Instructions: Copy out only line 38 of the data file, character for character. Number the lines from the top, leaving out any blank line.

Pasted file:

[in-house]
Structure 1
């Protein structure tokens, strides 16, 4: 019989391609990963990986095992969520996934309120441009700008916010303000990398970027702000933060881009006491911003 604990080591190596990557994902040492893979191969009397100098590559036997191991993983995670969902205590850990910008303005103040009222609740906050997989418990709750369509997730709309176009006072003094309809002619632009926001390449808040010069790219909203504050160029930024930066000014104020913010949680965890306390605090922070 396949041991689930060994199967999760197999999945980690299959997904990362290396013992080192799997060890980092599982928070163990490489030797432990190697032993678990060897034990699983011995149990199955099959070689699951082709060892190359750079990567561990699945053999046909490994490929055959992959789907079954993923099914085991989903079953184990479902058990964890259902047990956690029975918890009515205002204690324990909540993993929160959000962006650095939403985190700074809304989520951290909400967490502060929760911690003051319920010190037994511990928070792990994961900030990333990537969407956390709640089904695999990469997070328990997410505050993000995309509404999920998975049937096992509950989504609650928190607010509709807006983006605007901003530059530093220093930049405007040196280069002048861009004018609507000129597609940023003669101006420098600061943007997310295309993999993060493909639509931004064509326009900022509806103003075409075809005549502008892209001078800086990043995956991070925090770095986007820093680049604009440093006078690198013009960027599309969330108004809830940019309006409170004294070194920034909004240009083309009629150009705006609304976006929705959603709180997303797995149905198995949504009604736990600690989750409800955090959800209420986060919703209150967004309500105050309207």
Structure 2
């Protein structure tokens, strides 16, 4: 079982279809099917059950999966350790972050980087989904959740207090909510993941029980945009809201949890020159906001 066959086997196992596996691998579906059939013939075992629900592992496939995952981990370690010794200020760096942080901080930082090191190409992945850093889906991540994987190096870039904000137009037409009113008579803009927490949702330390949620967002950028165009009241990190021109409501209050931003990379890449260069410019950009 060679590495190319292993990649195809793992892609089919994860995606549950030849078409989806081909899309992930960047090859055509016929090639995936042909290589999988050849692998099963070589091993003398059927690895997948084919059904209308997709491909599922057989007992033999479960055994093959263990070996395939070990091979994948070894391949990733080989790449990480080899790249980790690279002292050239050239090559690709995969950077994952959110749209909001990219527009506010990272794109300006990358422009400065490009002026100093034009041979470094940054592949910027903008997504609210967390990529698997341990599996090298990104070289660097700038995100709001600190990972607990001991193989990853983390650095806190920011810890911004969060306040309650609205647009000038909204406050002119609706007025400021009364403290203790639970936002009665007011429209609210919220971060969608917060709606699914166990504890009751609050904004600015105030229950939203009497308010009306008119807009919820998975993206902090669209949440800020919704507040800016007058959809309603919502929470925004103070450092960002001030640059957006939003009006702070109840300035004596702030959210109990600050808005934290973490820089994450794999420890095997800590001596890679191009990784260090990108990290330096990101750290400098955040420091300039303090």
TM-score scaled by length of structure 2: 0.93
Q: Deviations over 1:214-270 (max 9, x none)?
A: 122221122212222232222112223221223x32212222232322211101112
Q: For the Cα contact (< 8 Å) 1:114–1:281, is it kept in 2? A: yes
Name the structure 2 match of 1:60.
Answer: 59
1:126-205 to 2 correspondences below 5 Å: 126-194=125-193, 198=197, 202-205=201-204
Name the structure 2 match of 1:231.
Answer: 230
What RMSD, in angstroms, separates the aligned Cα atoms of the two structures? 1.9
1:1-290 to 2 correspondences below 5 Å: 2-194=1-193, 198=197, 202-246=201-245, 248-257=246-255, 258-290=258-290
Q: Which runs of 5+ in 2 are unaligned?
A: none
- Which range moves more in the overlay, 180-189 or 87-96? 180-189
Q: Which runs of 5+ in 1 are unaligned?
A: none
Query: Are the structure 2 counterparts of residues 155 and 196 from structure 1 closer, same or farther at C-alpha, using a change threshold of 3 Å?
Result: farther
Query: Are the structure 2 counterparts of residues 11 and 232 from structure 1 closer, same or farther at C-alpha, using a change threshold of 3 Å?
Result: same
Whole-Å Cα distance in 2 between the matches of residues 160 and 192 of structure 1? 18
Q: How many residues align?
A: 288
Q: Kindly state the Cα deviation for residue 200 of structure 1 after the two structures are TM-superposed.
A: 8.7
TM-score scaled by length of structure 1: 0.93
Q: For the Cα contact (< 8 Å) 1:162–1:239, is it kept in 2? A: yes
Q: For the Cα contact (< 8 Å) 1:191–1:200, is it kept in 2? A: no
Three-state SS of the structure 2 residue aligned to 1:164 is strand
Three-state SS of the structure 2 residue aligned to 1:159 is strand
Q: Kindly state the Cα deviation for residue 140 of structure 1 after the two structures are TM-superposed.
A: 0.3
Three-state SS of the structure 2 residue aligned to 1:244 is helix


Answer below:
Three-state SS of the structure 2 residue aligned to 1:244 is helix